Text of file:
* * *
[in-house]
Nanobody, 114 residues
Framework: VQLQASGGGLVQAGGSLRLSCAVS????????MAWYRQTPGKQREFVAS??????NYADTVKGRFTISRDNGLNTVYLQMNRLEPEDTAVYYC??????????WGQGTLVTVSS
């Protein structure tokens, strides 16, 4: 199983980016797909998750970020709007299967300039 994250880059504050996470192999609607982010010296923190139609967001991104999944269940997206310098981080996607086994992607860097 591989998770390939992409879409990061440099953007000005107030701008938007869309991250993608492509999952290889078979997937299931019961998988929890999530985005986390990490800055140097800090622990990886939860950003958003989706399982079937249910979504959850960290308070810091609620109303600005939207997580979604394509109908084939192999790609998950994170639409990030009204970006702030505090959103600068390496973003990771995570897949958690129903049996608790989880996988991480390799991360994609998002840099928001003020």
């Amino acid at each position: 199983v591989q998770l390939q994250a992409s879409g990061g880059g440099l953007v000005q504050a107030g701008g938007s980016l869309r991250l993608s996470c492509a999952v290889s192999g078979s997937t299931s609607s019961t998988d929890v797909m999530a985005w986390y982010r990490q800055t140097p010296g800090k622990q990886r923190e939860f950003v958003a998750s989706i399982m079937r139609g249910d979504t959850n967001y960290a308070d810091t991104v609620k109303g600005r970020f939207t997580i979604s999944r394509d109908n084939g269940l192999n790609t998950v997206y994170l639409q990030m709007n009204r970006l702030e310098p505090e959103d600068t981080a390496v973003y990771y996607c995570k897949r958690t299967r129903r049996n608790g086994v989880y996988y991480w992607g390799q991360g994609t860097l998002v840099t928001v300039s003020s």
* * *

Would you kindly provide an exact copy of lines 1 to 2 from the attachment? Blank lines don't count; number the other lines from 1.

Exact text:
[in-house]
Nanobody, 114 residues